Operating Costs Audits and the Role of the New Consultants-A Landlord's Perspective

WeirFoulds LLP - Leasing Update June 2004 | JUNE 1, 2004
Lisa Borsook

What is the role of the new consultants? That one is easy. To make landlord's lives miserable. Any comparison to a Revenue Canada audit isn't entirely appropriate, Revenue Canada audits are by and large preferable. As far as I understand it, Revenue Canada auditors are not compensated in relation to how much grief they can cause. Second, they generally have read the Income Tax Act and are trying to apply some of its principles to the facts with which they are dealing. Suffice to say, I would be more comfortable dealing with operating cost consultants if they worked on a flat rate or hourly basis like the rest of us.

But let me try and give you a practical response to landlord's questions of how to deal with an op cost consultant when they come calling. The first issue is pretty easy-confirm that its treatment of op costs has been fair and in accordance with the provisions of the lease. You can test the answer later, but it sure doesn't hurt to know at the outset whether you can withstand this sort of inquiry with head held high or not. The legal analysis is also actually relatively straightforward. First, and I know that you have heard this before, look at the lease. What does it say about the Tenant's right to audit the landlord's books and records? What are the pre-requisites to the tenant exercising such a right? What are the limitations? Anticipating a fairly standard landlord's form of lease, the tenant may have no audit rights. That pretty much can shut down the problem, subject to more practical considerations which I will canvas shortly. If it has a right, that right may limit the extent of its investigation in a variety of ways. For instance, the tenant may only be able to look at certain types of records, and only at certain times. The tenant's right to do so may be limited, or may be limited to certain categories of persons, like the tenant's accountants. Recent landlord's leases have specifically provided that % based audits by commission hungry agents are not permitted-I don't think that is the exact wording, but that would be gist of it. Don't hesitate to look at the person's qualifications before you let them in. Is there a confidentiality requirement? Does the landlord have the right to impose requirements-like the obligation to sign a confidentiality agreement, or to use their information solely for the purpose of their client, the named tenant? Timing may be a factor-the time within which the tenant can exercise the right may have passed The number of years of investigation may be specifically limited by the terms of the lease. All of that information may limit the terms of their investigations and set the parameters within which the investigation can proceed.

The second analysis is what happens after the investigation has occurred, and the consultant has commenced to question the propriety of various items in the operating cost statements. The first point I want to make here, is that the consultants' analysis may be wrong. They may have asked for adjustments without reference to the terms of the lease-carving out exclusions that the tenant may want to get, but for which it did not bargain. The most common request is to delete any management or administration fees, structural costs, capital costs, depreciation, or by their analysis of what the tenant's proportionate share should be, reduce the amount payable altogether. In my experience, they are just not necessarily right. Understanding how proportionate share is calculated is often a big problem.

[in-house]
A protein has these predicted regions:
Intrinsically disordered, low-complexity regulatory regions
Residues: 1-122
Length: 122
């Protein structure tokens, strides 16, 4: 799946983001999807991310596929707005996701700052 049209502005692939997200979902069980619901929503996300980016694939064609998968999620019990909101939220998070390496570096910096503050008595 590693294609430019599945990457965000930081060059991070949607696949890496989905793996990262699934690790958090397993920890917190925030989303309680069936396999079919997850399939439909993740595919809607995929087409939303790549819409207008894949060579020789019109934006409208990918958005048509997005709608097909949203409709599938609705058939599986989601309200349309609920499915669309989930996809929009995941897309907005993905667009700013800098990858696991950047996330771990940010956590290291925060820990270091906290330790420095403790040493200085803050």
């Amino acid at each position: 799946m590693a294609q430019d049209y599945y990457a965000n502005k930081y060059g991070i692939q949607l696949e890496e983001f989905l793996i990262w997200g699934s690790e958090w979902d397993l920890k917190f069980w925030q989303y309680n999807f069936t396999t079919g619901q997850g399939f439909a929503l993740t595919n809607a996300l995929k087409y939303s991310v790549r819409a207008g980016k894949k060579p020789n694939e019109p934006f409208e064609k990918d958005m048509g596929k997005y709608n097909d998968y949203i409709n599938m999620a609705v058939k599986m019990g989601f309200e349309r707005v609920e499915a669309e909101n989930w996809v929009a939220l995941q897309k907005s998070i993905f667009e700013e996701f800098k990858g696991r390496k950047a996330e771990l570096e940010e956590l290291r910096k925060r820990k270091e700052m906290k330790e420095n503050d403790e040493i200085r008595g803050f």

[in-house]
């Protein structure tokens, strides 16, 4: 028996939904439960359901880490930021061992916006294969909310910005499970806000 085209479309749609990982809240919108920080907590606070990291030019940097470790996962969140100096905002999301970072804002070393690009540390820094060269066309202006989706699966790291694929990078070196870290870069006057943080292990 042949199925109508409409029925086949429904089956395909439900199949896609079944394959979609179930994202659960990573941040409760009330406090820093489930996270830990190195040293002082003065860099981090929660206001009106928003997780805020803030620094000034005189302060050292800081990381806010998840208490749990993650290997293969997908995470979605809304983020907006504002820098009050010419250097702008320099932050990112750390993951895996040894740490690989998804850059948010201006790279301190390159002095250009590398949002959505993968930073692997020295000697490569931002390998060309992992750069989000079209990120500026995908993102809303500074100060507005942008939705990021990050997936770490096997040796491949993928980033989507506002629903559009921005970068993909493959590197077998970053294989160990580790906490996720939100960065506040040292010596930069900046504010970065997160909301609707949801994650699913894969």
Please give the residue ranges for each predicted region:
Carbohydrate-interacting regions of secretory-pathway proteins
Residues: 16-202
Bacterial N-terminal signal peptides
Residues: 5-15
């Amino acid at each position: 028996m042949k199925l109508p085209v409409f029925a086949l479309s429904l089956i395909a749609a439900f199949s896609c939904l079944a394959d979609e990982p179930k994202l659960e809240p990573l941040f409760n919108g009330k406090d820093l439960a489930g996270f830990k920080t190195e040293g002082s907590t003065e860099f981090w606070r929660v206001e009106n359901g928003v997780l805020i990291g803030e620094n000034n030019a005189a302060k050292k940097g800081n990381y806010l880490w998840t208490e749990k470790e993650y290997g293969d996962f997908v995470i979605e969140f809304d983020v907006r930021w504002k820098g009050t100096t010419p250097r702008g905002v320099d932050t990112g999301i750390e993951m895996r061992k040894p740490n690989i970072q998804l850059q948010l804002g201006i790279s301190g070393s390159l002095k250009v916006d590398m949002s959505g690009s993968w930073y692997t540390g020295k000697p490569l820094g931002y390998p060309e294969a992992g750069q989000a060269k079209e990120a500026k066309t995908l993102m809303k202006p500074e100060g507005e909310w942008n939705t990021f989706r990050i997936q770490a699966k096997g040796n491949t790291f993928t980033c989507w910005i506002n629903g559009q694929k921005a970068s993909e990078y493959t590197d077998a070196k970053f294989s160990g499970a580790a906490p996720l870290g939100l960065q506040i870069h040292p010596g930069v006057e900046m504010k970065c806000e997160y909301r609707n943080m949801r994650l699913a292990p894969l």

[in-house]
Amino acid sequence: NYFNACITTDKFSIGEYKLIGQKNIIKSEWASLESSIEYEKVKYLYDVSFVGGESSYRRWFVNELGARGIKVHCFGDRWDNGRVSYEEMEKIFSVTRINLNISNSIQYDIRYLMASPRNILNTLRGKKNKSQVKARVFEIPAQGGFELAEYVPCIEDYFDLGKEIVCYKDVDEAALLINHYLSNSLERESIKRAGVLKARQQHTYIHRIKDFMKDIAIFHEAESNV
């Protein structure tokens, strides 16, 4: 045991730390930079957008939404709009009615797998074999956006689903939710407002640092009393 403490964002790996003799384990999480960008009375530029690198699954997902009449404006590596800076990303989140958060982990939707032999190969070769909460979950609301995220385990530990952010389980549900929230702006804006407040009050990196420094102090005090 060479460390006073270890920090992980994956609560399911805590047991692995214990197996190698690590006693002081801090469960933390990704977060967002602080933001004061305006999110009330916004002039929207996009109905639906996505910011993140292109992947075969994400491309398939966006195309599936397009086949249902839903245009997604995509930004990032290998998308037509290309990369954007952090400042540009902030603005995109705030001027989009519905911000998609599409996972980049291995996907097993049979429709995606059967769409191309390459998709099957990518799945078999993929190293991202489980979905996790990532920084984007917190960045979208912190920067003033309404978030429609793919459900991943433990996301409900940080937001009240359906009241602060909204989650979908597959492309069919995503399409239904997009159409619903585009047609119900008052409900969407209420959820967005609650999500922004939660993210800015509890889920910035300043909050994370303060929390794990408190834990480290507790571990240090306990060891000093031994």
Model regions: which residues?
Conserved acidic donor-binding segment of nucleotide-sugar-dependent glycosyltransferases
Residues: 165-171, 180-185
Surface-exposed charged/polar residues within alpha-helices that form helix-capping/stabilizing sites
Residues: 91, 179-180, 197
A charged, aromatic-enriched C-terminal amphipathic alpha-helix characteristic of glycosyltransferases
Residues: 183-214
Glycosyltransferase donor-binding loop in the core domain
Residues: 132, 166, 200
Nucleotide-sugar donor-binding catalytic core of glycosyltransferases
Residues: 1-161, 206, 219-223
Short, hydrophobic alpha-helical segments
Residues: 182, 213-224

The third point-the fact that they are dead wrong on their request for a particular adjustment- doesn't mean that the consultant will cede the point. In my experience, and taking into consideration that their compensation may be a percentage of the amount they are able to recoup for the tenant, they may press the point nonetheless, and there is something to say for the nuisance factor, although making concessions may have long term implications, or even significantly greater implications than the landlord originally imagined. For instance, a concession made in one year, without justification, will invariably come back to haunt the landlord. And the consultant may also assume that if the landlord made a concession for this tenant, it will make it for other tenants in the development. So-they will then go to other tenants and describe their success in dealing with the landlord, and before you know it, the landlord has a tenant revolt on its hands. Suffice to say, concessions without justification are not a good idea, and are to be avoided. Short term gain; long term pain.

Now some landlords will tell you that this analysis doesn't get them anywhere-the tenant is too big and significant in the grand scheme of the centre for the landlord not to be somewhat conciliatory-for the sake of preserving the relationship with the tenant in the future. And there may be other factors which affect how the landlord, for the sake of expediency, has to deal with the consultants' requests. For example, the failure to resolve the issue with the consultant may impact on the landlord's ability to dispose of the centre to a purchaser. The tenant is going to allege that there is an outstanding dispute, and depending on the size of the adjustment, the period of time for which it is claimed, and the future implications, the impact of that allegations can be disastrous in terms of the sale, and the sale price. The landlord may be in the process of obtaining financing, and the mortgagee is looking for a clean estoppel certificate. Same problem. What are some of the other legal principles that a landlord might want to consider in analyzing a tenant's request for an adjustment-and this analysis is relevant regardless of whether or not a consultant is involved?